Gabriele Meyer

Senior Lecturer
Department of Mathematics, University of Wisconsin, Madison
Madison
I like to crochet hyperbolic surfaces. My contribution to the area was to crochet around shaped line, thus making the resulting surface curve in three dimensions. The technique is a composite of crocheting and basket making. Over the last several years my surfaces have become larger and require to be hung from the ceiling to preserve their integrity (so that they don't deform) and also for the visual impact. For this reason my submission consists of three images of more recent work.
I am very happy, that with my crocheting I am picking up on a very traditional European women's craft and giving it a new spin, connecting it to Mathematics.
The forms are inspired by ocean creatures like sea anemones, algae, also by flower blossoms and, surprisingly, by surfaces encountered in topology.
Hyperbolic Lamp Shade
24" x 24"
Photograph of a hyperbolic surface
2013
The lamp shade is my most recent experiment as a light sculpture. It started out as a flat disk. Then I very gradually started the hyperbolic crochet, causing the waves at the perimeter.
With energy saving light bulbs which don't heat up, I could hang the surface within 10 cm of the bulbs. There is no burn risk. The holes in the crochet also help the warmer air circulate up and away from the crochet.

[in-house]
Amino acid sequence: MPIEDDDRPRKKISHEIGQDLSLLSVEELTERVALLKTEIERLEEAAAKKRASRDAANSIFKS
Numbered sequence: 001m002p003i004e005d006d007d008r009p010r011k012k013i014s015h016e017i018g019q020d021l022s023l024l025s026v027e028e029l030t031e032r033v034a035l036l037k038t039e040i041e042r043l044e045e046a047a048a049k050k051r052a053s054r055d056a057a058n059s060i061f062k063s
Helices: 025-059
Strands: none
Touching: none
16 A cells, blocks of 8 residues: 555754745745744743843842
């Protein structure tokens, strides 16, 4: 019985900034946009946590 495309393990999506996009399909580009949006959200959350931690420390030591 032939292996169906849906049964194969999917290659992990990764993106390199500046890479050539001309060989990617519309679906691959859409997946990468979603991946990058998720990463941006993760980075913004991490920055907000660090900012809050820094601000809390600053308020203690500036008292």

Blue Triangle Algae
36" x 16"
Photograph of a hyperbolic surface
2012
The large blue triangle surface has a length of over 2 m. It was inspired by Ayelet Lindenstrauss-Larson's work on a smaller scale. It's literally a triangle, one side in shades of dark blue and the other in shades of light blue. The hyperbolic crochet causes it to warp.
Hyperbolic Half Plane with Handles, non orientable
36" x 20"
photograph of a hyperbolic surface
2009
The hyperbolic half plane was one of my earlier experiments. The motivation was to make a surface that was of interest mathematically, to a topologist, and also make it look nice when hung up.